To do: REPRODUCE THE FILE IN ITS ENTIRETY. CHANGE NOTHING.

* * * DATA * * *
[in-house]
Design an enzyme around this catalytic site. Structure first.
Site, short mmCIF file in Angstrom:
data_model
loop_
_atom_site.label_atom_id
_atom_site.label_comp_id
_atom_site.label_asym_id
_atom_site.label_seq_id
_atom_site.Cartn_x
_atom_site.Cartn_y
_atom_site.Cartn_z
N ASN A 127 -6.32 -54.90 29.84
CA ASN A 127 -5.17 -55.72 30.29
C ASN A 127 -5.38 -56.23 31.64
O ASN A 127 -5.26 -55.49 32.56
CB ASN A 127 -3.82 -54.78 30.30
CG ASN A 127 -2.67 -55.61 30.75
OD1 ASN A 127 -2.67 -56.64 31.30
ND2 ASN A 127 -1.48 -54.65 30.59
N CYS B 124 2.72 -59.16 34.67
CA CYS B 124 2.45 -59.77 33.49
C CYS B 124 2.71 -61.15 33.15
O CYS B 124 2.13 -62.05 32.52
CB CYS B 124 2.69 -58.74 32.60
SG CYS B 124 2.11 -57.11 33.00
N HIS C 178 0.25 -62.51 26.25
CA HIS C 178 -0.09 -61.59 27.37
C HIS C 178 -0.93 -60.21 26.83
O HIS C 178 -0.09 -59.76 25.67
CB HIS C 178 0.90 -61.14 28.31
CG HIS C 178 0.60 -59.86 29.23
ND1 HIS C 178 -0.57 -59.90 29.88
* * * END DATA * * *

[in-house]
Design an enzyme around this catalytic site. Structure first.
Site, short mmCIF file in Angstrom:
data_model
loop_
_atom_site.label_atom_id
_atom_site.label_comp_id
_atom_site.label_asym_id
_atom_site.label_seq_id
_atom_site.Cartn_x
_atom_site.Cartn_y
_atom_site.Cartn_z
N ASN A 127 -6.32 -54.90 29.84
CA ASN A 127 -5.17 -55.72 30.29
C ASN A 127 -5.38 -56.23 31.64
O ASN A 127 -5.26 -55.49 32.56
CB ASN A 127 -3.82 -54.78 30.30
CG ASN A 127 -2.67 -55.61 30.75
OD1 ASN A 127 -2.67 -56.64 31.30
ND2 ASN A 127 -1.48 -54.65 30.59
N CYS B 124 2.72 -59.16 34.67
CA CYS B 124 2.45 -59.77 33.49
C CYS B 124 2.71 -61.15 33.15
O CYS B 124 2.13 -62.05 32.52
CB CYS B 124 2.69 -58.74 32.60
SG CYS B 124 2.11 -57.11 33.00
N HIS C 178 0.25 -62.51 26.25
CA HIS C 178 -0.09 -61.59 27.37
C HIS C 178 -0.93 -60.21 26.83
O HIS C 178 -0.09 -59.76 25.67
CB HIS C 178 0.90 -61.14 28.31
CG HIS C 178 0.60 -59.86 29.23
ND1 HIS C 178 -0.57 -59.90 29.88